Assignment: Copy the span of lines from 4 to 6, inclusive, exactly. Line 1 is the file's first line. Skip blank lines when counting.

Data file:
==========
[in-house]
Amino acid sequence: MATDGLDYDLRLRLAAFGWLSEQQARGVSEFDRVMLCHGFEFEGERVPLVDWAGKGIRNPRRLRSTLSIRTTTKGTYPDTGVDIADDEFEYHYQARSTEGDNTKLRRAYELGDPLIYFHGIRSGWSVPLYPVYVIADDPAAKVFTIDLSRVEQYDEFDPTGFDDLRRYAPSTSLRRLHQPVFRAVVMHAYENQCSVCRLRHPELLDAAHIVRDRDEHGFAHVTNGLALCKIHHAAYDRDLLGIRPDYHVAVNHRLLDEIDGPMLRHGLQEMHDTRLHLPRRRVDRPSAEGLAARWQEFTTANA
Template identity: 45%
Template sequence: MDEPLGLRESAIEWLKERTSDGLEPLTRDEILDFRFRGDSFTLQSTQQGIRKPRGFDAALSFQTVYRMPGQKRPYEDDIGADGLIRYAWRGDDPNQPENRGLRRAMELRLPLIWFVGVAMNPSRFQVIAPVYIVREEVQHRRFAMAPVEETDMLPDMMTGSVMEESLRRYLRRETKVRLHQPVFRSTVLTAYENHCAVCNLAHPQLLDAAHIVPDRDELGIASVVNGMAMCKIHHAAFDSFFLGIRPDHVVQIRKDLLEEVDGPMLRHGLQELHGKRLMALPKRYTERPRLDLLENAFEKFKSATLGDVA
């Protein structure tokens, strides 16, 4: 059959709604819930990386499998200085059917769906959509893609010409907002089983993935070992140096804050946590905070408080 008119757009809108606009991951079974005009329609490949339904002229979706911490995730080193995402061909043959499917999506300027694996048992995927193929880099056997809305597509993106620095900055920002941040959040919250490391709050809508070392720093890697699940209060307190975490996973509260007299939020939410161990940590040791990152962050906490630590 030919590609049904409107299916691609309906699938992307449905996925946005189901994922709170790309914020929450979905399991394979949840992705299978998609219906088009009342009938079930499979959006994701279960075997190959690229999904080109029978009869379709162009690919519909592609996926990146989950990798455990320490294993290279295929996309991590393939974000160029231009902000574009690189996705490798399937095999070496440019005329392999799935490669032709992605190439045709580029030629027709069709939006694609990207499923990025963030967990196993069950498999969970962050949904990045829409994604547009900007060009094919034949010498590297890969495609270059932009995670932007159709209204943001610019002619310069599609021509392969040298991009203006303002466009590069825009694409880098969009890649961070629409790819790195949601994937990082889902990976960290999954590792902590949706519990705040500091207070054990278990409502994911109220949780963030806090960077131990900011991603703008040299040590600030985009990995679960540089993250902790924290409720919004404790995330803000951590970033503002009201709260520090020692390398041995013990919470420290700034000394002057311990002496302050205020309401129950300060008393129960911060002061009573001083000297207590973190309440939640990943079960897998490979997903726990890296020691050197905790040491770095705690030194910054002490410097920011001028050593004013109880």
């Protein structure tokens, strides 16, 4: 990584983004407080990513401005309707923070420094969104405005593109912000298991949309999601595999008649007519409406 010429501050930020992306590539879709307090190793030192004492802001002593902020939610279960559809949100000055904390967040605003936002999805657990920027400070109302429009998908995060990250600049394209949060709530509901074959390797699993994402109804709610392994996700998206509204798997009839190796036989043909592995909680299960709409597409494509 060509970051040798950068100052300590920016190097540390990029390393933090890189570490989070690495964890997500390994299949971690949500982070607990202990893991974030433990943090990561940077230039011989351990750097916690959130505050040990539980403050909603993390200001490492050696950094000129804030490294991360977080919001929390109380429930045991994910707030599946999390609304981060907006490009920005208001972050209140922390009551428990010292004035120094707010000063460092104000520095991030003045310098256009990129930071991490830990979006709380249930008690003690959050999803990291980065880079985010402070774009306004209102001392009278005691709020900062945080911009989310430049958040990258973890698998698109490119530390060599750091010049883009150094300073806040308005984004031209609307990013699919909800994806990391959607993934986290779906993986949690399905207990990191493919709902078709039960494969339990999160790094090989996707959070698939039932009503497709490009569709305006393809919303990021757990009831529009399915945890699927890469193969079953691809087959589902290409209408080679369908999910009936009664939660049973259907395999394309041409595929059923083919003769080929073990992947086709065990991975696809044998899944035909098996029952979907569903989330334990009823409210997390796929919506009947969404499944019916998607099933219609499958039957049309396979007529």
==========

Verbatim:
Template sequence: MDEPLGLRESAIEWLKERTSDGLEPLTRDEILDFRFRGDSFTLQSTQQGIRKPRGFDAALSFQTVYRMPGQKRPYEDDIGADGLIRYAWRGDDPNQPENRGLRRAMELRLPLIWFVGVAMNPSRFQVIAPVYIVREEVQHRRFAMAPVEETDMLPDMMTGSVMEESLRRYLRRETKVRLHQPVFRSTVLTAYENHCAVCNLAHPQLLDAAHIVPDRDELGIASVVNGMAMCKIHHAAFDSFFLGIRPDHVVQIRKDLLEEVDGPMLRHGLQELHGKRLMALPKRYTERPRLDLLENAFEKFKSATLGDVA
């Protein structure tokens, strides 16, 4: 059959709604819930990386499998200085059917769906959509893609010409907002089983993935070992140096804050946590905070408080 008119757009809108606009991951079974005009329609490949339904002229979706911490995730080193995402061909043959499917999506300027694996048992995927193929880099056997809305597509993106620095900055920002941040959040919250490391709050809508070392720093890697699940209060307190975490996973509260007299939020939410161990940590040791990152962050906490630590 030919590609049904409107299916691609309906699938992307449905996925946005189901994922709170790309914020929450979905399991394979949840992705299978998609219906088009009342009938079930499979959006994701279960075997190959690229999904080109029978009869379709162009690919519909592609996926990146989950990798455990320490294993290279295929996309991590393939974000160029231009902000574009690189996705490798399937095999070496440019005329392999799935490669032709992605190439045709580029030629027709069709939006694609990207499923990025963030967990196993069950498999969970962050949904990045829409994604547009900007060009094919034949010498590297890969495609270059932009995670932007159709209204943001610019002619310069599609021509392969040298991009203006303002466009590069825009694409880098969009890649961070629409790819790195949601994937990082889902990976960290999954590792902590949706519990705040500091207070054990278990409502994911109220949780963030806090960077131990900011991603703008040299040590600030985009990995679960540089993250902790924290409720919004404790995330803000951590970033503002009201709260520090020692390398041995013990919470420290700034000394002057311990002496302050205020309401129950300060008393129960911060002061009573001083000297207590973190309440939640990943079960897998490979997903726990890296020691050197905790040491770095705690030194910054002490410097920011001028050593004013109880």
């Protein structure tokens, strides 16, 4: 990584983004407080990513401005309707923070420094969104405005593109912000298991949309999601595999008649007519409406 010429501050930020992306590539879709307090190793030192004492802001002593902020939610279960559809949100000055904390967040605003936002999805657990920027400070109302429009998908995060990250600049394209949060709530509901074959390797699993994402109804709610392994996700998206509204798997009839190796036989043909592995909680299960709409597409494509 060509970051040798950068100052300590920016190097540390990029390393933090890189570490989070690495964890997500390994299949971690949500982070607990202990893991974030433990943090990561940077230039011989351990750097916690959130505050040990539980403050909603993390200001490492050696950094000129804030490294991360977080919001929390109380429930045991994910707030599946999390609304981060907006490009920005208001972050209140922390009551428990010292004035120094707010000063460092104000520095991030003045310098256009990129930071991490830990979006709380249930008690003690959050999803990291980065880079985010402070774009306004209102001392009278005691709020900062945080911009989310430049958040990258973890698998698109490119530390060599750091010049883009150094300073806040308005984004031209609307990013699919909800994806990391959607993934986290779906993986949690399905207990990191493919709902078709039960494969339990999160790094090989996707959070698939039932009503497709490009569709305006393809919303990021757990009831529009399915945890699927890469193969079953691809087959589902290409209408080679369908999910009936009664939660049973259907395999394309041409595929059923083919003769080929073990992947086709065990991975696809044998899944035909098996029952979907569903989330334990009823409210997390796929919506009947969404499944019916998607099933219609499958039957049309396979007529």